Response to repetitive cycles of ovulation induction in the same women

Michael P. Diamond, Alan H. DeCherney, George A. Hill, Filomena Nero, Anne Colston Wentz

Research output: Contribution to journalArticlepeer-review

21 Scopus citations


It has been theorized that the administration of human menopausal gonadotropin (hMG) in consecutive menstrual cycles will result in a poor follicular response in the second cycle. To examine this, 50 women undergoing ovulation induction in two consecutive cycles were assessed, using in each the same induction regimen during the initial 5 days. The remainder of each cycle was individualized according to their response. Nine women were anovulatory, 19 were oligoovulatory, and 22 ovulated regularly in unstimulated cycles. In repeat cycles only 3 of 50 had poor follicular development and did not receive human chorionic gonadotropin (hCG); all were anovulatory. Forty-two of 50 of the first cycles had continually rising estradiol (E2), while 43 of 47 of the second cycles had rising E2 patterns. Grouping the peak E2 prior to hCG in the ranges <300, 300-699, 700-1099, and ≥1100 pg/ml, peaks in the second cycle were similar in 25 of 50, lower in 16, and higher in 9. Only 3 of 9 anovulatory women had similar peaks, as compared to 22 of 41 of the oligoovulatory and regularly ovulating women. Comparing the second to the first cycle, the day of hCG was within 1 day in 28 of 50 women, 2 or more days less than the first cycle in 6, and 2 or more days greater than the first cycle in 11. We conclude that in a successive cycle of ovulation induction (i) the follicular response is impaired in anovulatory women, but (ii) in oligoovulatory or regularly ovulating women, clinically significant differences in the estradiol response do not occur.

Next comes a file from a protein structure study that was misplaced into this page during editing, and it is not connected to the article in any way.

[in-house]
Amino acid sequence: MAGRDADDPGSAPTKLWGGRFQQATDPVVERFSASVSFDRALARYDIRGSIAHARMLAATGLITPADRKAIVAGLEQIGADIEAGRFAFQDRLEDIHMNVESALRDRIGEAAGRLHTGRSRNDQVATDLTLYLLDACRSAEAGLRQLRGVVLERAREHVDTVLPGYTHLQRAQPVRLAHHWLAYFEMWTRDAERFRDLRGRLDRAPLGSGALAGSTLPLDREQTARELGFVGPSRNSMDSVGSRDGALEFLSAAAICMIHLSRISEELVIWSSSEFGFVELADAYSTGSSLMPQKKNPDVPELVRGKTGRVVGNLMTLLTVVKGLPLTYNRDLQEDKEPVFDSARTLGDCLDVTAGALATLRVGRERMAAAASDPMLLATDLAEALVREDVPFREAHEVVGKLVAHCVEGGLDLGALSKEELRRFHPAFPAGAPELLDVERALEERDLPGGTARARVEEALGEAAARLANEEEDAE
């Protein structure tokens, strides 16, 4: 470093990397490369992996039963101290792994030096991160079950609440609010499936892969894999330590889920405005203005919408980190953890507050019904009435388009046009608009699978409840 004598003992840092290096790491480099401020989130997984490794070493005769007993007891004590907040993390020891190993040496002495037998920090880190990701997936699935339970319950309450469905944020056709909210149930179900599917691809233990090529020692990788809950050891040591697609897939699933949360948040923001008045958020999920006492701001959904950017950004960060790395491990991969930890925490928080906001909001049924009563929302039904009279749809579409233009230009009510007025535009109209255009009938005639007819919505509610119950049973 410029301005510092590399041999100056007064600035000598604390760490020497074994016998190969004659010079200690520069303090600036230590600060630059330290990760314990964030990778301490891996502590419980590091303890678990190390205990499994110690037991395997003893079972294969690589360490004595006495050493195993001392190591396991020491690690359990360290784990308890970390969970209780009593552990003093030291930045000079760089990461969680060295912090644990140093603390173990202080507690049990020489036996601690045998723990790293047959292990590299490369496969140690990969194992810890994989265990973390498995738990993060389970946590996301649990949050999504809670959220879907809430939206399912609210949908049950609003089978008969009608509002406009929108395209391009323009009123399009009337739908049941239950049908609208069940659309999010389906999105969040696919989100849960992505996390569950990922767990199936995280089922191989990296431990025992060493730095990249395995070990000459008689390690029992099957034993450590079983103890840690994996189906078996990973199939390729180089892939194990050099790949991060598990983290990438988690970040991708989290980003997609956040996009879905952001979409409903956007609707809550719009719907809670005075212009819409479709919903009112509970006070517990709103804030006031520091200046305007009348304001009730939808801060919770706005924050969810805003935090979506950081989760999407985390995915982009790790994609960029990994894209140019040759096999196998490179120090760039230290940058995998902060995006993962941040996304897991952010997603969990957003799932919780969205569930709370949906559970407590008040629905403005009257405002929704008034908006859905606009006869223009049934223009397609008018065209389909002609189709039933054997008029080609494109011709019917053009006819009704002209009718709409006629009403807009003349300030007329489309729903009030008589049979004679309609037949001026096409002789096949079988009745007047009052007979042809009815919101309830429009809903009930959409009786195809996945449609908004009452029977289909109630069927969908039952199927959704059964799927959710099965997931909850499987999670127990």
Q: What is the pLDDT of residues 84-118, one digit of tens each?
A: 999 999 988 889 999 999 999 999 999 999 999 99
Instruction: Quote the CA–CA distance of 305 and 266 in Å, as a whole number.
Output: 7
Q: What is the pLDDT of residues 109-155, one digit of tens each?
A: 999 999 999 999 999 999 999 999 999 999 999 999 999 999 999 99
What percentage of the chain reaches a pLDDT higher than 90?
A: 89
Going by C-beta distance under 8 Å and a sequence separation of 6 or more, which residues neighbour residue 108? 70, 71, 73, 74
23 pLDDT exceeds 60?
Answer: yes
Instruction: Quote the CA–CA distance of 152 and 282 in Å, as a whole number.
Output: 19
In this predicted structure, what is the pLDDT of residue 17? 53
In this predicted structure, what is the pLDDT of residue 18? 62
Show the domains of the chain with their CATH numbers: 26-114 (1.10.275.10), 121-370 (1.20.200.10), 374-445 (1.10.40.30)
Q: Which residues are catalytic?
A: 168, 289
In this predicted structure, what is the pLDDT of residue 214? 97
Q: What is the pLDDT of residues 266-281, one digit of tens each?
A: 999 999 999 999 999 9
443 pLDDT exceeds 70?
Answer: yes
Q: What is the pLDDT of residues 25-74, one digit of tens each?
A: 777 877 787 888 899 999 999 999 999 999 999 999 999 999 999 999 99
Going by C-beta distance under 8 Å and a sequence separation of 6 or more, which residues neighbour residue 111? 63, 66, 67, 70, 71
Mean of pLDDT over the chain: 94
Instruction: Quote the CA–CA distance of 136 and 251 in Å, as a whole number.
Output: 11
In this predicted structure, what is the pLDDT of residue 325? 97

Original languageEnglish (US)
Pages (from-to)251-255
Number of pages5
JournalJournal of In Vitro Fertilization and Embryo Transfer
Issue number5
StatePublished - Oct 1 1987
Externally publishedYes


  • consecutive menstrual cycles
  • estradiol
  • ovulation induction

ASJC Scopus subject areas

  • Reproductive Medicine
  • Embryology
  • Obstetrics and Gynecology
  • Developmental Biology


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